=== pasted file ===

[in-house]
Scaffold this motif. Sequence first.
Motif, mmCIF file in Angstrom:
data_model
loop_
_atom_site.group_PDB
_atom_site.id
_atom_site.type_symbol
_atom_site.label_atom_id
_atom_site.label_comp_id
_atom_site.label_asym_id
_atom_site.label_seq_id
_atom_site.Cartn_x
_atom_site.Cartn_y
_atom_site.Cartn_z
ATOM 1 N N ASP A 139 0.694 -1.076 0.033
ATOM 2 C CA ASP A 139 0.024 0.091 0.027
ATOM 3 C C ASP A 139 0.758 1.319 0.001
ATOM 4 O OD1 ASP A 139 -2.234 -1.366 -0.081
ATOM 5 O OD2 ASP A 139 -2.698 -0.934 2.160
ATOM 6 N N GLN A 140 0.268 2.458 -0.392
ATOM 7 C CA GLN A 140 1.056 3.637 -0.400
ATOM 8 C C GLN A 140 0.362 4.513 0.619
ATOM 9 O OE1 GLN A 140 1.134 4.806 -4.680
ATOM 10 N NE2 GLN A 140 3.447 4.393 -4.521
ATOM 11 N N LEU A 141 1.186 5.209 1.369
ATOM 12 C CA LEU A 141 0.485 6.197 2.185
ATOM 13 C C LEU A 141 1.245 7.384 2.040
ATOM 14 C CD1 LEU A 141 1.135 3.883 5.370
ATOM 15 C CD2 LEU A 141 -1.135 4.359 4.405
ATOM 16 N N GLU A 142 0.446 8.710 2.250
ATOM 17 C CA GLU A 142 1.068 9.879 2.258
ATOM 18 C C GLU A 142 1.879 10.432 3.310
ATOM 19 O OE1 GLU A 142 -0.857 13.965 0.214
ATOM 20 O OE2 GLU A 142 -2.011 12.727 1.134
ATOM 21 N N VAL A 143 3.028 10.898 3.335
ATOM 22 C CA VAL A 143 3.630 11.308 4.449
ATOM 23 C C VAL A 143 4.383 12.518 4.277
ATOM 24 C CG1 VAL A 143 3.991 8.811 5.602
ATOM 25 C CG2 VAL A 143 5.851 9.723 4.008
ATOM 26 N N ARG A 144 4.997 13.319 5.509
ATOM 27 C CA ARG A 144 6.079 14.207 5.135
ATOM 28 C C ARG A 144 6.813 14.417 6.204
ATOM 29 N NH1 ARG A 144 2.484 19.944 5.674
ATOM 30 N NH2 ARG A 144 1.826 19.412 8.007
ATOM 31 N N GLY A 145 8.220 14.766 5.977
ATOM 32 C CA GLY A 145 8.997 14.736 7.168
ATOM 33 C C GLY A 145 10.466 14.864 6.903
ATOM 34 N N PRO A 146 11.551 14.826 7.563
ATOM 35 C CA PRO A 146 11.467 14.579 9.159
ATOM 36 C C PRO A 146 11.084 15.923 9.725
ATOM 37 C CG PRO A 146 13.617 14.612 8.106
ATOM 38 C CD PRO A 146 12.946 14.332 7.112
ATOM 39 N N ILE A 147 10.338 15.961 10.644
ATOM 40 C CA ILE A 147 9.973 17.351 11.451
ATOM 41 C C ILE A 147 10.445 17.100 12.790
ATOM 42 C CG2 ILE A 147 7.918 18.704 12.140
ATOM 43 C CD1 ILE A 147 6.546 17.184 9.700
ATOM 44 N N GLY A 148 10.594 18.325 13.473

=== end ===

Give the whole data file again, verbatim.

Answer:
[in-house]
Scaffold this motif. Sequence first.
Motif, mmCIF file in Angstrom:
data_model
loop_
_atom_site.group_PDB
_atom_site.id
_atom_site.type_symbol
_atom_site.label_atom_id
_atom_site.label_comp_id
_atom_site.label_asym_id
_atom_site.label_seq_id
_atom_site.Cartn_x
_atom_site.Cartn_y
_atom_site.Cartn_z
ATOM 1 N N ASP A 139 0.694 -1.076 0.033
ATOM 2 C CA ASP A 139 0.024 0.091 0.027
ATOM 3 C C ASP A 139 0.758 1.319 0.001
ATOM 4 O OD1 ASP A 139 -2.234 -1.366 -0.081
ATOM 5 O OD2 ASP A 139 -2.698 -0.934 2.160
ATOM 6 N N GLN A 140 0.268 2.458 -0.392
ATOM 7 C CA GLN A 140 1.056 3.637 -0.400
ATOM 8 C C GLN A 140 0.362 4.513 0.619
ATOM 9 O OE1 GLN A 140 1.134 4.806 -4.680
ATOM 10 N NE2 GLN A 140 3.447 4.393 -4.521
ATOM 11 N N LEU A 141 1.186 5.209 1.369
ATOM 12 C CA LEU A 141 0.485 6.197 2.185
ATOM 13 C C LEU A 141 1.245 7.384 2.040
ATOM 14 C CD1 LEU A 141 1.135 3.883 5.370
ATOM 15 C CD2 LEU A 141 -1.135 4.359 4.405
ATOM 16 N N GLU A 142 0.446 8.710 2.250
ATOM 17 C CA GLU A 142 1.068 9.879 2.258
ATOM 18 C C GLU A 142 1.879 10.432 3.310
ATOM 19 O OE1 GLU A 142 -0.857 13.965 0.214
ATOM 20 O OE2 GLU A 142 -2.011 12.727 1.134
ATOM 21 N N VAL A 143 3.028 10.898 3.335
ATOM 22 C CA VAL A 143 3.630 11.308 4.449
ATOM 23 C C VAL A 143 4.383 12.518 4.277
ATOM 24 C CG1 VAL A 143 3.991 8.811 5.602
ATOM 25 C CG2 VAL A 143 5.851 9.723 4.008
ATOM 26 N N ARG A 144 4.997 13.319 5.509
ATOM 27 C CA ARG A 144 6.079 14.207 5.135
ATOM 28 C C ARG A 144 6.813 14.417 6.204
ATOM 29 N NH1 ARG A 144 2.484 19.944 5.674
ATOM 30 N NH2 ARG A 144 1.826 19.412 8.007
ATOM 31 N N GLY A 145 8.220 14.766 5.977
ATOM 32 C CA GLY A 145 8.997 14.736 7.168
ATOM 33 C C GLY A 145 10.466 14.864 6.903
ATOM 34 N N PRO A 146 11.551 14.826 7.563
ATOM 35 C CA PRO A 146 11.467 14.579 9.159
ATOM 36 C C PRO A 146 11.084 15.923 9.725
ATOM 37 C CG PRO A 146 13.617 14.612 8.106
ATOM 38 C CD PRO A 146 12.946 14.332 7.112
ATOM 39 N N ILE A 147 10.338 15.961 10.644
ATOM 40 C CA ILE A 147 9.973 17.351 11.451
ATOM 41 C C ILE A 147 10.445 17.100 12.790
ATOM 42 C CG2 ILE A 147 7.918 18.704 12.140
ATOM 43 C CD1 ILE A 147 6.546 17.184 9.700
ATOM 44 N N GLY A 148 10.594 18.325 13.473